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Weekly Email by Rabbi Moss

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It's Not Just Cricket

Question of the Week:

 

The one Jewish ideal that I can't get my head around is Moshiach - the belief in the coming of a messianic era. What good is achieved by awaiting some future time when there will be peace on earth? Shouldn't we focus on the present, rather than dreaming about the future? Why is the belief in the coming of the messiah so central to Judaism?

 

Answer:

 

Some of the deepest truths I learnt from my cricket coach. He was a sharp guy, with a keen eye for detail. He would observe my batting style and point out what I needed to work on. But I gained more than just cricket advice.

 

One consistent flaw in my batting was my follow through. The coach noticed that as soon as my bat hits… Read More »

Seder - When Chaos is Called Order

 

ARE YOU HOLY ENOUGH TO SIT AT THE SEDER TABLE?

 

The word "Seder" actually means "order." This is a little ironic. The average Seder in any Jewish home is one of the most chaotic events you could ever imagine. And that's called order. 



We start the Seder by listing the fifteen steps that we will follow. The first two words are "Kadesh Urchatz" which mean "Sanctify and wash." These refer to the first two steps of the Seder, making Kiddush and then washing hands.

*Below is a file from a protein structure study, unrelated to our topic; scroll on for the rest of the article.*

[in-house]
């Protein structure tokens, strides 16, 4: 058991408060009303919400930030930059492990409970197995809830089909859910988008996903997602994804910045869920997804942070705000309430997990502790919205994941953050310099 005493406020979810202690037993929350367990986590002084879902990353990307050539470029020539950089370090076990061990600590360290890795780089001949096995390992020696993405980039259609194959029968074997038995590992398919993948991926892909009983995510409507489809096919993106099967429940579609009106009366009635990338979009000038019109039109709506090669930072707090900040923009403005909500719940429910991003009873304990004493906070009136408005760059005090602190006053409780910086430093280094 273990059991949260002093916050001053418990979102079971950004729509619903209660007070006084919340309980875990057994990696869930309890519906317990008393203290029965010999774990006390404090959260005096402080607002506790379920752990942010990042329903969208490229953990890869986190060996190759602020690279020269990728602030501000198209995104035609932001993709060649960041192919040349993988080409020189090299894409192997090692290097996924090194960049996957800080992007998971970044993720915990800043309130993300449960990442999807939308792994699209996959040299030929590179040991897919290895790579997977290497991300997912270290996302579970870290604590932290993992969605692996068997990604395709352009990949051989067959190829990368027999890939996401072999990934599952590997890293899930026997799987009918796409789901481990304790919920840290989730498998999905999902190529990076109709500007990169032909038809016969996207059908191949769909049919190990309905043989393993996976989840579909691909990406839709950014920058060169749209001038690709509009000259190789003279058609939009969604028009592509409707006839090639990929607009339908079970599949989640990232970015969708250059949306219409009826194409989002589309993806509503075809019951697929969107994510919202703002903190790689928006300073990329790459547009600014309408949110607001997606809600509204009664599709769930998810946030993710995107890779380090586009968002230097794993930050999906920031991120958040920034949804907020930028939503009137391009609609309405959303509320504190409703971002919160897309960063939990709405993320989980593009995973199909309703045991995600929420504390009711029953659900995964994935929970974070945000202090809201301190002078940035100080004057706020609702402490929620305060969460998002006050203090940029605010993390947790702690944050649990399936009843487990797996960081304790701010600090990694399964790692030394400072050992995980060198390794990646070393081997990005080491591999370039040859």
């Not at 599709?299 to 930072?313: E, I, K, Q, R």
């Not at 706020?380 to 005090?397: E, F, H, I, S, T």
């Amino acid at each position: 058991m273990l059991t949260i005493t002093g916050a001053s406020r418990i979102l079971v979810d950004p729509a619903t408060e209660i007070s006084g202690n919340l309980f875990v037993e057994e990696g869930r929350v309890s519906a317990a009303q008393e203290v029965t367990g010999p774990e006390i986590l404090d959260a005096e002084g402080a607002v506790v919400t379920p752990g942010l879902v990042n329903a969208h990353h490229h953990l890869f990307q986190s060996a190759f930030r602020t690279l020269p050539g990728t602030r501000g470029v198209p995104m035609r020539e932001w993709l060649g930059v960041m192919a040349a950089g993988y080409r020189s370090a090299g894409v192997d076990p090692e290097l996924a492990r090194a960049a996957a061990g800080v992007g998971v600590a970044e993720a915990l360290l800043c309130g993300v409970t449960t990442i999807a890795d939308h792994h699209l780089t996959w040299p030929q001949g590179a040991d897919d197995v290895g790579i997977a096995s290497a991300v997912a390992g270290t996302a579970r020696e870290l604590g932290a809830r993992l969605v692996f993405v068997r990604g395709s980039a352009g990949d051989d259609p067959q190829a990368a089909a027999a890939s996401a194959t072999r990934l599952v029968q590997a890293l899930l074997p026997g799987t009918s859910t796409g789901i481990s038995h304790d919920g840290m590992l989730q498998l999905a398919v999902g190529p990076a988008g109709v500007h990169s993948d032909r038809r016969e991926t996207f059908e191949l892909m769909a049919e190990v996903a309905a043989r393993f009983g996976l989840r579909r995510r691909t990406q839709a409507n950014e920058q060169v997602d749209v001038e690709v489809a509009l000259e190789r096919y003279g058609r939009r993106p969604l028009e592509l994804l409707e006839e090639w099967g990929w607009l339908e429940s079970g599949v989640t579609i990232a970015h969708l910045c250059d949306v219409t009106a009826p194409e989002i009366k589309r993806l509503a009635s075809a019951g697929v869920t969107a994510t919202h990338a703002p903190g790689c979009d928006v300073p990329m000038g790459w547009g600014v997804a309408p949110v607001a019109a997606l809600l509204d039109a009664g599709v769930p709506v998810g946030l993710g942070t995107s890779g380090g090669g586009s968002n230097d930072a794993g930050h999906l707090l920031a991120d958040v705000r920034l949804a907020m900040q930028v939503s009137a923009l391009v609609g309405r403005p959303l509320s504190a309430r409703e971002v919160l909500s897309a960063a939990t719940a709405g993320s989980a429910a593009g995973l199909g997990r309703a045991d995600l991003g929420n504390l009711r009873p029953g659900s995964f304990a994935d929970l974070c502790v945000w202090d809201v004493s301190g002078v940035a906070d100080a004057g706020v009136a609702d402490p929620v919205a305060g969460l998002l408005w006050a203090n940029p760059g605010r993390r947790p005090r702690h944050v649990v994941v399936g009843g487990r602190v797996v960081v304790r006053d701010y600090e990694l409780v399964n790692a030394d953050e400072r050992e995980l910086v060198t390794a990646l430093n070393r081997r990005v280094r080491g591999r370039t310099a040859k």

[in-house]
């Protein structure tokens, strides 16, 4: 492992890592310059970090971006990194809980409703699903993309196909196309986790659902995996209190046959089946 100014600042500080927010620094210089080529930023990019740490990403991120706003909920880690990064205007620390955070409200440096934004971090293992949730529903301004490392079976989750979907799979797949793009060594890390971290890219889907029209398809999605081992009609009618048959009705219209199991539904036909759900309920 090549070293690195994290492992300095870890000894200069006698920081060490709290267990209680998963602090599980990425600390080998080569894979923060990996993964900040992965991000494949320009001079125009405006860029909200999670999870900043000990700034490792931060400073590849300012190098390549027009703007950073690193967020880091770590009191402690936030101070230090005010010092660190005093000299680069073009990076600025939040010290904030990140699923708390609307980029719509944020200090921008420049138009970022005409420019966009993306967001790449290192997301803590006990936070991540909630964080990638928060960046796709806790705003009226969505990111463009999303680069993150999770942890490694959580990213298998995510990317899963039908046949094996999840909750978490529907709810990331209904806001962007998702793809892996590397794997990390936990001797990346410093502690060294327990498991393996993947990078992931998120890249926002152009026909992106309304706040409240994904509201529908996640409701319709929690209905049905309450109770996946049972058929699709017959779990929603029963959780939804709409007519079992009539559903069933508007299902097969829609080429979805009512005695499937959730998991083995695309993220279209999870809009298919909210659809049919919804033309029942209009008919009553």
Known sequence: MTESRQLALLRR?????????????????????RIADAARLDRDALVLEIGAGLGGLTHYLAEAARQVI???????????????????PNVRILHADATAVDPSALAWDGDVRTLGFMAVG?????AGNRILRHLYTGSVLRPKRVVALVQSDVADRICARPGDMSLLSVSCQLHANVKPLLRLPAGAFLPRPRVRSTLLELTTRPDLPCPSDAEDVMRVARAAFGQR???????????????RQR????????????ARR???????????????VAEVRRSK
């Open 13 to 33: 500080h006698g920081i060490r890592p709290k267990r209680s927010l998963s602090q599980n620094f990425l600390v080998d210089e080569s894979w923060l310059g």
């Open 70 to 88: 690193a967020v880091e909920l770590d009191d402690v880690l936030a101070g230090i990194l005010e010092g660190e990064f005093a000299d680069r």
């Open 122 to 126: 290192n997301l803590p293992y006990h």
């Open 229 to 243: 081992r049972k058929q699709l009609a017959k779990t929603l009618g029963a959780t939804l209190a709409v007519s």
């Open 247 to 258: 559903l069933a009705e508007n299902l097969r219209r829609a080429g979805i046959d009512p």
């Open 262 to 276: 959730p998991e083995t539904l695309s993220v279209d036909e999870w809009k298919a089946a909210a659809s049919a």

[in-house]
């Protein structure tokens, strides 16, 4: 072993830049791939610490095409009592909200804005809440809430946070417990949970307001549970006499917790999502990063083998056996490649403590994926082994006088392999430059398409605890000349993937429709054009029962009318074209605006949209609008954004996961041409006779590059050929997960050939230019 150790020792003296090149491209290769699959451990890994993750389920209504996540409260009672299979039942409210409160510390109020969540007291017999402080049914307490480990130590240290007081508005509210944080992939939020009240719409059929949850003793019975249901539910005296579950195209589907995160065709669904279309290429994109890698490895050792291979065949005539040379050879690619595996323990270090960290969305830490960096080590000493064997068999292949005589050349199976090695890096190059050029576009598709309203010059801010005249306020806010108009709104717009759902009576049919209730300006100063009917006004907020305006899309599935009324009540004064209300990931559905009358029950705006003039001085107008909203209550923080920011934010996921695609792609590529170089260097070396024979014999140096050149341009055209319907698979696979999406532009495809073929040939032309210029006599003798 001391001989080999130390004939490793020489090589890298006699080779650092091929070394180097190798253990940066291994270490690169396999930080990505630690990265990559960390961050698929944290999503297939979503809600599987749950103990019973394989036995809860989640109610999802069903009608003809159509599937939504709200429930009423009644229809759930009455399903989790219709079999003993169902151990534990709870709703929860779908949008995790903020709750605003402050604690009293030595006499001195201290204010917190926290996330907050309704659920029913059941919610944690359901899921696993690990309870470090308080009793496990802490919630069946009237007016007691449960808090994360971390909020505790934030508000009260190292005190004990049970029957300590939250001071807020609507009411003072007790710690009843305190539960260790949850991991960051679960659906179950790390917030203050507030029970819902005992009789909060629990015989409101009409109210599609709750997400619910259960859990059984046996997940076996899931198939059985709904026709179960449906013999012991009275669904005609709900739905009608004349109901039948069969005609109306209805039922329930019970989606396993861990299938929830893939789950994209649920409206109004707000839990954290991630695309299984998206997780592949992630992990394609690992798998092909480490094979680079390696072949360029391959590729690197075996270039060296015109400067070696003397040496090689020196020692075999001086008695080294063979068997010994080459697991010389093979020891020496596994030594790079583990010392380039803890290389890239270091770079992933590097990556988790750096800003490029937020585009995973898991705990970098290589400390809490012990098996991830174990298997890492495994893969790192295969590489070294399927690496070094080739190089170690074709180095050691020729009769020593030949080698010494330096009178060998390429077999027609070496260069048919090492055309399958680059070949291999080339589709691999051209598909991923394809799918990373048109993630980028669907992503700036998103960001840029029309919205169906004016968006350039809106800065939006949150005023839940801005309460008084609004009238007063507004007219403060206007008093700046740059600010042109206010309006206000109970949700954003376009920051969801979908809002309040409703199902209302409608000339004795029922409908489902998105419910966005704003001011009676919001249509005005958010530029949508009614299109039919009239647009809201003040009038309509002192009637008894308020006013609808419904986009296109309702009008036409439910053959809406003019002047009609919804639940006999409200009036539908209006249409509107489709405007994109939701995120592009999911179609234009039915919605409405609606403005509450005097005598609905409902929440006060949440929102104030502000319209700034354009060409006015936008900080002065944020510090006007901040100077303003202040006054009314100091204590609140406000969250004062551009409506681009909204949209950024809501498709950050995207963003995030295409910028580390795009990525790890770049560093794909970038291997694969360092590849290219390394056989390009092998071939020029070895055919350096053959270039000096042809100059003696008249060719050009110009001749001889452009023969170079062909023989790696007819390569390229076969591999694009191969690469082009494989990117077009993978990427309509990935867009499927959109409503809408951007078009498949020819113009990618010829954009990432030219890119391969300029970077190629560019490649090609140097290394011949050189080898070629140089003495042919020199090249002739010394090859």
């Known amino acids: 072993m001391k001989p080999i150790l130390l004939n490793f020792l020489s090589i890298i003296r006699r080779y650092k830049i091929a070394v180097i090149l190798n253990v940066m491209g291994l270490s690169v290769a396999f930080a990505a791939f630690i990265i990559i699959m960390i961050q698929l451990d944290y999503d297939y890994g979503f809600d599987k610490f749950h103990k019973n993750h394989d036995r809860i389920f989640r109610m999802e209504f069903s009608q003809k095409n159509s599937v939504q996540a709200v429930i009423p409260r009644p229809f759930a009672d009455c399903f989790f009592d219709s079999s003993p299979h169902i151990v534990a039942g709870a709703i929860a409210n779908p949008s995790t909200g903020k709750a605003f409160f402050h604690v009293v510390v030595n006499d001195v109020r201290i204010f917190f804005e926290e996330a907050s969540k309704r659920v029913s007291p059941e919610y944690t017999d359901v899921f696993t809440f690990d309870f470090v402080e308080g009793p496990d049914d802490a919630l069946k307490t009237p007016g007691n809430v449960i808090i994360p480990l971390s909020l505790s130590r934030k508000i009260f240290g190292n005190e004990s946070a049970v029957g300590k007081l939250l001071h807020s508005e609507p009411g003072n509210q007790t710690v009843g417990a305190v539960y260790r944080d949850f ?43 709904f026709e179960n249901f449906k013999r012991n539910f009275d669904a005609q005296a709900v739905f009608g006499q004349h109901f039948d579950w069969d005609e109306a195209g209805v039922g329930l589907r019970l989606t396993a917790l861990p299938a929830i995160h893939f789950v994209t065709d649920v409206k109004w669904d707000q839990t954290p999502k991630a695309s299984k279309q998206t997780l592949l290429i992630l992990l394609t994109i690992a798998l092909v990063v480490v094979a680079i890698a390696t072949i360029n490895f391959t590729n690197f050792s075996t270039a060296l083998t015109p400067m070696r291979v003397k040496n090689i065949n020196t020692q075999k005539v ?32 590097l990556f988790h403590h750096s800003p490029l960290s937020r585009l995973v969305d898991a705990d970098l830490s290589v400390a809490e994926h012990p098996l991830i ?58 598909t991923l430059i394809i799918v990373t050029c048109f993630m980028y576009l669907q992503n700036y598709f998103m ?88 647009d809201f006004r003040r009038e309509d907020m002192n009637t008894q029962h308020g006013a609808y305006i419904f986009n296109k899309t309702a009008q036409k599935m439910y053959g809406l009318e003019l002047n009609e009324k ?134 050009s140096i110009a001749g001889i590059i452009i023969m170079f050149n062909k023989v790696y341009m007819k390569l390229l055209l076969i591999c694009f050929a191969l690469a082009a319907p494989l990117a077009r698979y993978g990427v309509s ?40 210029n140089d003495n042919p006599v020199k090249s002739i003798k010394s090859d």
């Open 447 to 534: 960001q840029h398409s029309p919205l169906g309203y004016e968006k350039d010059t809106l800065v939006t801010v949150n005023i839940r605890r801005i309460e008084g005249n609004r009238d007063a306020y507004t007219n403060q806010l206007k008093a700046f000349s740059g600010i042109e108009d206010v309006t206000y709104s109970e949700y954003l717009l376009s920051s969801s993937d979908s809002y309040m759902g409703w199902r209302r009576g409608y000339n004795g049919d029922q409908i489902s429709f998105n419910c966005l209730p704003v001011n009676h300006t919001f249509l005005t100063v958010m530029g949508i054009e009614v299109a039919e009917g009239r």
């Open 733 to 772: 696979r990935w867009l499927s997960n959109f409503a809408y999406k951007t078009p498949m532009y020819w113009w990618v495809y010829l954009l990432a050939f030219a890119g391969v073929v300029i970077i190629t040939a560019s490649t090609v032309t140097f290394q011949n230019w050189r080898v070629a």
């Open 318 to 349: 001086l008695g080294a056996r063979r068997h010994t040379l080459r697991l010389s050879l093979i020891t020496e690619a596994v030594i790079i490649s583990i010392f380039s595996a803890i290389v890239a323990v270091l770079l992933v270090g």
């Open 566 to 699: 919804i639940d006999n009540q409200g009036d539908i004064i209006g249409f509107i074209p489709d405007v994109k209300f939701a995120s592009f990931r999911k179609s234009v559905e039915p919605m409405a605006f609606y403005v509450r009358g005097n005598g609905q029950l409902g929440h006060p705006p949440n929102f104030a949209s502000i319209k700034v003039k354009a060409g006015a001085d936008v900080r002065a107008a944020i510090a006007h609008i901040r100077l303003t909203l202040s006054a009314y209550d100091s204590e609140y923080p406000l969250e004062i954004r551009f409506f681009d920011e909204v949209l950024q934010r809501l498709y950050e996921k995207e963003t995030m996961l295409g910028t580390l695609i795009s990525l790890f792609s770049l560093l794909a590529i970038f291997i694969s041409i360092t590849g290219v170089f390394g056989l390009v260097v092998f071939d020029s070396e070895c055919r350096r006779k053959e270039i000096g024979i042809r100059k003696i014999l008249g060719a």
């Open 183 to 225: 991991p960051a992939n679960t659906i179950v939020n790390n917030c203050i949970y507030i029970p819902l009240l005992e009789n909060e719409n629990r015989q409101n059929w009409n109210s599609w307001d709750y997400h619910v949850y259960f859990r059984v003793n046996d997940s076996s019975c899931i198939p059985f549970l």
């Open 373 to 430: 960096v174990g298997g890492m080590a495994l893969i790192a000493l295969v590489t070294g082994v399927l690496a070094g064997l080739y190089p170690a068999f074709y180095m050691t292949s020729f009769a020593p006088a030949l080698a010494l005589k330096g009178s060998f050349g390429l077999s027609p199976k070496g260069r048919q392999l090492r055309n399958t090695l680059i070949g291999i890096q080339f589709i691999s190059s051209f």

But the order is significant. After all, it is called the Seder. But here it seems to be in reverse order. Surely we need to wash first before sanctifying ourselves. You… Read More »

Should We Relish the Approval of Others?

Question of the Week:

 

I am confused about the maror, the bitter herbs eaten at the Seder. I always thought you are supposed to use horseradish. But then I heard that we should use cos (or romaine) lettuce leaves, with a spoonful of fresh horseradish. I eat lettuce with my salad all year round, and it is not bitter. If anything it is quite sweet tasting. So why eat lettuce to commemorate the bitterness of Egyptian slavery?

 

Answer:

 

Your sweet lettuce is a sneaky little vegetable. Its nature very closely parallels the Egyptian slavery experience.

 

Indeed, lettuce has a gentle and pleasant taste. That is because we pick… Read More »

Skeptics at the Seder?

 

Question of the Week:


Who Really Wrote the Haggadah?

With Pesach coming up, here's something I always wanted to know. Why do we place a chicken neck on the Seder Plate, and then leave it there and not eat it. I always look at the empty Seder plate with this lonely chicken neck left behind, and wonder, why is it there? 

 

Answer:

 

One of the most amazing characters in the story of the Exodus is Pharaoh. He witnessed with his own eyes the downfall of his country, he experienced first hand the miracles of the Ten Plagues one after the other, he saw how every prediction Moses made came true, and yet… Read More »

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